Nothing vs Null

VB.Net’s Nothing keyword is is not the same as C#’s null.  MSDN states, “Assigning Nothing to a variable sets it to the default value for its declared type. If that type contains variable members, they are all set to their default value”.

In other words, the Nothing keyword is actually equivalent to C#’s default(T) keyword, where T is the type that the expression is used as.

This can lead to nasty surprises with nullable types in conditional operators. 
In C#, the expression (...) ? null : 1 will not compile, since “there is no implicit conversion between '<null>' and 'int'”.    Since  null is an untyped expression, the type of the conditional is inferred to be int, resulting in an error because null cannot be converted to int.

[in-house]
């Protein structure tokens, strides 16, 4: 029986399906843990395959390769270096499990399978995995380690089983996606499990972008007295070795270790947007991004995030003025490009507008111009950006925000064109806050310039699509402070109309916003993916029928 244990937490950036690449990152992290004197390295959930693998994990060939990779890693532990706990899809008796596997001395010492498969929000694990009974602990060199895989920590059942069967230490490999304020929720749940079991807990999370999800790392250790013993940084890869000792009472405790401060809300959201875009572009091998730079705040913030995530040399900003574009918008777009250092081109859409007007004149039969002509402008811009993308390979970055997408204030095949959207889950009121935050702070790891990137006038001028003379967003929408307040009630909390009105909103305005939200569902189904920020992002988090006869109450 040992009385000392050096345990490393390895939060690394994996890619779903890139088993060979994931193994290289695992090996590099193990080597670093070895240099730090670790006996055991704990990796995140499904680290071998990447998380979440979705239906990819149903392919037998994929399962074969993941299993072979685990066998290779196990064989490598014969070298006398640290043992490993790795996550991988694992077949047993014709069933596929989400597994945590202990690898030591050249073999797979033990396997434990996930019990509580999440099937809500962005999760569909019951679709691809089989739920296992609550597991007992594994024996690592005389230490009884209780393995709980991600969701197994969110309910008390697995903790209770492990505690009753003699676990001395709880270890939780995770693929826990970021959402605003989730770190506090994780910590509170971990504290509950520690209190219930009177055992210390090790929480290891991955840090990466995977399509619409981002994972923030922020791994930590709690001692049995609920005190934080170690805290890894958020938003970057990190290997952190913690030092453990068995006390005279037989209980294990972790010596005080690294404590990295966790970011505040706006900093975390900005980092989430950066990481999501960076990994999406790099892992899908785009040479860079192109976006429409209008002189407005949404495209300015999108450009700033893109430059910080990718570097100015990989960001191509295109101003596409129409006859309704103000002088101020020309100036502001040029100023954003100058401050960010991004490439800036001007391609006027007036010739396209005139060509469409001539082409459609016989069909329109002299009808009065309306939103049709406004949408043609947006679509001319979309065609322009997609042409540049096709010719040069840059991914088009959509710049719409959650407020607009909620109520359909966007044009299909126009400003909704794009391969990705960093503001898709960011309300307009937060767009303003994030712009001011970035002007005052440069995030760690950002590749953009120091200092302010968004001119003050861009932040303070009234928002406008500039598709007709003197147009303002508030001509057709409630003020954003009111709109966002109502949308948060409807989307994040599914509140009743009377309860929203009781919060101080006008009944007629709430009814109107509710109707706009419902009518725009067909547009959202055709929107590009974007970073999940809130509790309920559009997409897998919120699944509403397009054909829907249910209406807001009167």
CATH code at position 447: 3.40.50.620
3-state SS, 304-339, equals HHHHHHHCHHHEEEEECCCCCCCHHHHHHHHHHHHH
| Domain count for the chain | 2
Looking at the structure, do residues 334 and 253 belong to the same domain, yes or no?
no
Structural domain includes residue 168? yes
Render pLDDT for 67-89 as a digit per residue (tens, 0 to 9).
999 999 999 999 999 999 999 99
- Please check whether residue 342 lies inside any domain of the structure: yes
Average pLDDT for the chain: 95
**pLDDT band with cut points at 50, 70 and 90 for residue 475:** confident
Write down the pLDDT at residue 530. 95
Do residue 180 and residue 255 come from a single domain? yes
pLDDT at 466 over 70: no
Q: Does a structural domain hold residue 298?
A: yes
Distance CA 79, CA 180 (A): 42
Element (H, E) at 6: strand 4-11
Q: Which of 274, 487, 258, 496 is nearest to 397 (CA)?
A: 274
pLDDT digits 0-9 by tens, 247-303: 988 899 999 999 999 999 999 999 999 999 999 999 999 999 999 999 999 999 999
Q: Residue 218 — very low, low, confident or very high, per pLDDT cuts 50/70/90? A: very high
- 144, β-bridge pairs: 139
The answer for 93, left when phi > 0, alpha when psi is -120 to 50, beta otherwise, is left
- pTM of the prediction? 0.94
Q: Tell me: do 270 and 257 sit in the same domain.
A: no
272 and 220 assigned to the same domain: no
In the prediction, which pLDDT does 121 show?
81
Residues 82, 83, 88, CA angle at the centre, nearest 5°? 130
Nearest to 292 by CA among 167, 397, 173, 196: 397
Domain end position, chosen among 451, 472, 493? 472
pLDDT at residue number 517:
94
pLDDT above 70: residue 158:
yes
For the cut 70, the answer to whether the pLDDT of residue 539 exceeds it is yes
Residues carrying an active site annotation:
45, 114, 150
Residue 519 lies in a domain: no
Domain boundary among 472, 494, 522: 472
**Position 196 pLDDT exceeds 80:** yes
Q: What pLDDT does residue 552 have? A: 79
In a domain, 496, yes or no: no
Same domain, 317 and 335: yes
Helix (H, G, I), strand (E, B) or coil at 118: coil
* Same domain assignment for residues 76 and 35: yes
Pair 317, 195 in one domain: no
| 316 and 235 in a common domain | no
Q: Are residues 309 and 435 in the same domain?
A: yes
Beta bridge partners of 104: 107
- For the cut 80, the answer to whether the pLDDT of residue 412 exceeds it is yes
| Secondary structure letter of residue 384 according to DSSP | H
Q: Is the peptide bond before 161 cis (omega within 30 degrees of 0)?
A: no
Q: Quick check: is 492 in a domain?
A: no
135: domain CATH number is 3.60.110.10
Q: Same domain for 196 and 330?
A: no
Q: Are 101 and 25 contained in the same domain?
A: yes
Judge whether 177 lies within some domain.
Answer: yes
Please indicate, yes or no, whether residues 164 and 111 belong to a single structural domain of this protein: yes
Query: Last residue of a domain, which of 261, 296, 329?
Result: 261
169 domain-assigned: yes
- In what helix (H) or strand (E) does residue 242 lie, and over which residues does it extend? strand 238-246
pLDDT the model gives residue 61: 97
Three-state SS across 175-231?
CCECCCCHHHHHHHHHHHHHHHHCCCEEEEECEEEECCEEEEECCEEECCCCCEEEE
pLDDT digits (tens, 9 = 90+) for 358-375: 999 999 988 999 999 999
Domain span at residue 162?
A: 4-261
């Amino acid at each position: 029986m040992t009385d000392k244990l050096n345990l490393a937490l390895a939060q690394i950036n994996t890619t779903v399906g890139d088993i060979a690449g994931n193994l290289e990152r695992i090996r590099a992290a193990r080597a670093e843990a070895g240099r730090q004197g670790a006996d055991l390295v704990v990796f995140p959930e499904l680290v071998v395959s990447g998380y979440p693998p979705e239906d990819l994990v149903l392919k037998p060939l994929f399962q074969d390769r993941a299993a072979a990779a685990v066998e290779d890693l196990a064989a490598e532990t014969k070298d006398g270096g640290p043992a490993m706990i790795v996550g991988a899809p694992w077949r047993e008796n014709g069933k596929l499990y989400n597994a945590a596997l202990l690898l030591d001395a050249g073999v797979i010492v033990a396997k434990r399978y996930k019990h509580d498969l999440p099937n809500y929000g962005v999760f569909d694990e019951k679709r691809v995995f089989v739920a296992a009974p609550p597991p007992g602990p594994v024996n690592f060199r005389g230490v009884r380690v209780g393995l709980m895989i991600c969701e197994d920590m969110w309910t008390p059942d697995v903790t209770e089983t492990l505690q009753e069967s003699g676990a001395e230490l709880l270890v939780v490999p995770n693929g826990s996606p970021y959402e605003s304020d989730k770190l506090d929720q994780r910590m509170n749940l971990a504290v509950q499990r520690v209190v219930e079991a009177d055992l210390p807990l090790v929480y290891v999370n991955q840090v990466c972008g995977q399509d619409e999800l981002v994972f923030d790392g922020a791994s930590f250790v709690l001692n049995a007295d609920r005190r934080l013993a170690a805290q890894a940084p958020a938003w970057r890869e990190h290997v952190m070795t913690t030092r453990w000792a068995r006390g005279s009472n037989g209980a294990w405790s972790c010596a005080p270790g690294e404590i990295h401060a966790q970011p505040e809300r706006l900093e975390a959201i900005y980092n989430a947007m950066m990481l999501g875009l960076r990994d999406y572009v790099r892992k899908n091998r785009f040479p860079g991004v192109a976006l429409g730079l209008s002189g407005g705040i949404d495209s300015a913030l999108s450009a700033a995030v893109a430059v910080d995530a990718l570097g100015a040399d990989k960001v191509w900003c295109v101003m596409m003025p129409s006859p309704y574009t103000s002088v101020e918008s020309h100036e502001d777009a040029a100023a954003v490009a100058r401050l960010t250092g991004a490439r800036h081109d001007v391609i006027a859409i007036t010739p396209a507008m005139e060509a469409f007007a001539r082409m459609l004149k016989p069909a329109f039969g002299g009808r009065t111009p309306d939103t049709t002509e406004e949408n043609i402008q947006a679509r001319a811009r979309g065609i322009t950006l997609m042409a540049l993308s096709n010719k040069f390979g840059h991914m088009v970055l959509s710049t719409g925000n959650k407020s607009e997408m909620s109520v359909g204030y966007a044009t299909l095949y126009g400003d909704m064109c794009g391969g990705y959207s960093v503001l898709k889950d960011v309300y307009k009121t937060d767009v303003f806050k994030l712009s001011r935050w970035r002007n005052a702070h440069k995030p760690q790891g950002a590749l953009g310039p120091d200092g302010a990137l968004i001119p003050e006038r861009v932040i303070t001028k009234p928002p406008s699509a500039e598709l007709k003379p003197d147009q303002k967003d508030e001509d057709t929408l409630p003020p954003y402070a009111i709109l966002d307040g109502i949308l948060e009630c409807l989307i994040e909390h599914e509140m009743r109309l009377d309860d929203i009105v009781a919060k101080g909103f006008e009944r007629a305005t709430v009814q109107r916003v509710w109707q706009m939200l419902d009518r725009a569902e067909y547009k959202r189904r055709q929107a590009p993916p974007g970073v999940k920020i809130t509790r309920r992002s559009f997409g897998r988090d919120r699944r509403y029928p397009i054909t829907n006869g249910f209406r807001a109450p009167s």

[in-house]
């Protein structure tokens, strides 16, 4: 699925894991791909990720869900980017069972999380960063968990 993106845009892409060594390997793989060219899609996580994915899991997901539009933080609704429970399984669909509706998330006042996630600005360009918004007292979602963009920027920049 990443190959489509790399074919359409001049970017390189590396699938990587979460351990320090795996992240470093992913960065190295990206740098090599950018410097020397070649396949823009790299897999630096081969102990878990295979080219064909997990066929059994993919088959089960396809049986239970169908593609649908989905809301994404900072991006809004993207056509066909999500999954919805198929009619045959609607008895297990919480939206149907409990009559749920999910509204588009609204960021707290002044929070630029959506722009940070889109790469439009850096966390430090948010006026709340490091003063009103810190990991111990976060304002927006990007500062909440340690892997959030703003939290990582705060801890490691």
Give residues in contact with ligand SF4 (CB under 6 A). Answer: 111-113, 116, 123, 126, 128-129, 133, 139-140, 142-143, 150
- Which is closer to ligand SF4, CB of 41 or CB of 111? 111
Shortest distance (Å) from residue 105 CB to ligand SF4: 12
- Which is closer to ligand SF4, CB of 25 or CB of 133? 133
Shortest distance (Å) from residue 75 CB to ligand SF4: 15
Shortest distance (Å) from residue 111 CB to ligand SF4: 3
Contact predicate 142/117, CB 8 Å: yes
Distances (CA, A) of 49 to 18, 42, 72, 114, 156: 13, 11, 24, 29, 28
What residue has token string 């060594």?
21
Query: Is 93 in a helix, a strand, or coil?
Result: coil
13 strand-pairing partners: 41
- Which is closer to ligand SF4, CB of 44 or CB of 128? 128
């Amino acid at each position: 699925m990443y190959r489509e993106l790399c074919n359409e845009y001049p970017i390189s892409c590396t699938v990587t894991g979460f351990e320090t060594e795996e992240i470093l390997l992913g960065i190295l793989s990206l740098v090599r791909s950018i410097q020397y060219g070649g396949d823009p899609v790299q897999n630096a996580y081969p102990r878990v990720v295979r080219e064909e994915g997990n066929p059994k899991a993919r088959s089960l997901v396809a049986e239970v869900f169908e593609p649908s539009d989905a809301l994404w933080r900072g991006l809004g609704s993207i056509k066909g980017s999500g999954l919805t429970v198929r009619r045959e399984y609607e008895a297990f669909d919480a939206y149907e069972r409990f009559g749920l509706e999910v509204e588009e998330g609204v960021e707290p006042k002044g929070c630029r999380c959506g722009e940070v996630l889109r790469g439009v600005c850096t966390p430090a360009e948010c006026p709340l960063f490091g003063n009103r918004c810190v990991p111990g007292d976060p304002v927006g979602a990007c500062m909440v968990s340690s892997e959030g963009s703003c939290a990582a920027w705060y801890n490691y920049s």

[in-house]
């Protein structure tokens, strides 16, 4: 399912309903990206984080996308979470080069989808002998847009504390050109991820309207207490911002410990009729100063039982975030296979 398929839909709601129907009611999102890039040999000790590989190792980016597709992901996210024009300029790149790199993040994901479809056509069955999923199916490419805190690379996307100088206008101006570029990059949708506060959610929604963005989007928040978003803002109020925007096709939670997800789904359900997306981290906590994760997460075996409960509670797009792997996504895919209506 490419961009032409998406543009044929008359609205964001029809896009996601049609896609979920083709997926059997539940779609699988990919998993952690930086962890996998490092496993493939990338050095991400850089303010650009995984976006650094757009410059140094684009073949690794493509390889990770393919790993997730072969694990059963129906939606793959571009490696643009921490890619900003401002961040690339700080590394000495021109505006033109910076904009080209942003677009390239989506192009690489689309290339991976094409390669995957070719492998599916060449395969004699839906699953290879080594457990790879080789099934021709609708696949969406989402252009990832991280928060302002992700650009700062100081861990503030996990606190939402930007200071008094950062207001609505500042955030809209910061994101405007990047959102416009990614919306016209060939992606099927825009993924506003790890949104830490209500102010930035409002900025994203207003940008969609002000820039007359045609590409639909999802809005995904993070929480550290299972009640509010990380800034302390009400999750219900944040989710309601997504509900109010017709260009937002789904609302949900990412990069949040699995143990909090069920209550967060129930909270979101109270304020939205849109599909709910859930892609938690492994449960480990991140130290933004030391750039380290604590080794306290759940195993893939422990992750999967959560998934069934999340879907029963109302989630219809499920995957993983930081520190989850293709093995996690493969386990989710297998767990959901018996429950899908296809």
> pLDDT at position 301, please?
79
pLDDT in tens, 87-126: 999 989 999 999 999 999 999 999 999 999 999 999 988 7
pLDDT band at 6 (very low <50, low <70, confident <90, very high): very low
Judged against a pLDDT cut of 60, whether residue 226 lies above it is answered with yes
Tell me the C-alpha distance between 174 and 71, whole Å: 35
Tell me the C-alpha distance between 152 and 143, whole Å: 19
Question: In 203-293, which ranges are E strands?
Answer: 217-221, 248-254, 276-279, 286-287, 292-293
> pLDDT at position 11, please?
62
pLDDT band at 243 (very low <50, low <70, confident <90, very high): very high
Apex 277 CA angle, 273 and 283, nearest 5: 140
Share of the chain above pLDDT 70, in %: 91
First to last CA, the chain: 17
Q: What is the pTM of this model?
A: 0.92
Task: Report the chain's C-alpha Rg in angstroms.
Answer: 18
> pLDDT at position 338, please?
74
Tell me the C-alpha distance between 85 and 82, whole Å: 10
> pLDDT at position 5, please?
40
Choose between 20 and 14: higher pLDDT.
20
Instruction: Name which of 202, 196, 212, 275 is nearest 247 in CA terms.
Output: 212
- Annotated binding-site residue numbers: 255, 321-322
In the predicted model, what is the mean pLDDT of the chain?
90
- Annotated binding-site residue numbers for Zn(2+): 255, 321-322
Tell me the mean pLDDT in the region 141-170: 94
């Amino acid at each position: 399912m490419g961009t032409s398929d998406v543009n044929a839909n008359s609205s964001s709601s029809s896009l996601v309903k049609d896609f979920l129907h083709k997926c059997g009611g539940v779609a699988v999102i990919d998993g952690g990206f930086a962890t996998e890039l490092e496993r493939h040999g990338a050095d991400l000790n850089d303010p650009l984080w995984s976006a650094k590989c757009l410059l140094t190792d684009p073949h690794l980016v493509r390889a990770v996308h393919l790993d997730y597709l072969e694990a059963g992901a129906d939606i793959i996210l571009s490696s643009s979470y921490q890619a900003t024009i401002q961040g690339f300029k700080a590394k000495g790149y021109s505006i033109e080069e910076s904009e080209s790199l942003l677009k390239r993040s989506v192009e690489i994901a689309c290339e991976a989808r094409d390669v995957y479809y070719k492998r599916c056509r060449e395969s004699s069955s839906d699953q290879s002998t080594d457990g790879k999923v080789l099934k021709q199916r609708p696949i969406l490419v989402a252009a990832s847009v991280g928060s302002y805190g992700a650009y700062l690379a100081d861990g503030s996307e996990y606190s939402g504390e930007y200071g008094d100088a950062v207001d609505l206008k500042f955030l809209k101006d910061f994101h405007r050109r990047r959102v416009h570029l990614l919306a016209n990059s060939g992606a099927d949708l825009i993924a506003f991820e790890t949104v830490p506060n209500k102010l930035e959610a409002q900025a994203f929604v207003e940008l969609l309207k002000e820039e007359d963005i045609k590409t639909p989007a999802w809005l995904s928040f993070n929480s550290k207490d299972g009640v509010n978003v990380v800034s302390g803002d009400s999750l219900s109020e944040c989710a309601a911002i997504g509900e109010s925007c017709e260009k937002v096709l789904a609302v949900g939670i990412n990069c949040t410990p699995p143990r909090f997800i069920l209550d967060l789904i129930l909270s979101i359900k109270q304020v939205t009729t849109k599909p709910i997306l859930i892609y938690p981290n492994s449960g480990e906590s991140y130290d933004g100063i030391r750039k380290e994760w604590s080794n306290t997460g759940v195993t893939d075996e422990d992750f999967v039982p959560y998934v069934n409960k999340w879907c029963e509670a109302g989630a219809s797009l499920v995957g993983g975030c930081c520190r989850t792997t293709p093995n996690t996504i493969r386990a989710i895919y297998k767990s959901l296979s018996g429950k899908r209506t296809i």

In VB.Net, by contrast, the equivalent expression, If((...), Nothing, 1), will compile, but will have unexpected results.  Here too, Nothing is an untyped expression, so the type of the conditional is inferred to be Integer.  However, unlike null, Nothing can be converted to Integer, so this is compiled as If((...), 0, 1),  which is probably not what the programmer intended.

In both languages, the solution is to use an expression which is actually typed as int?, by writing new int?(), (in C#) or New Integer?() (in VB.Net).


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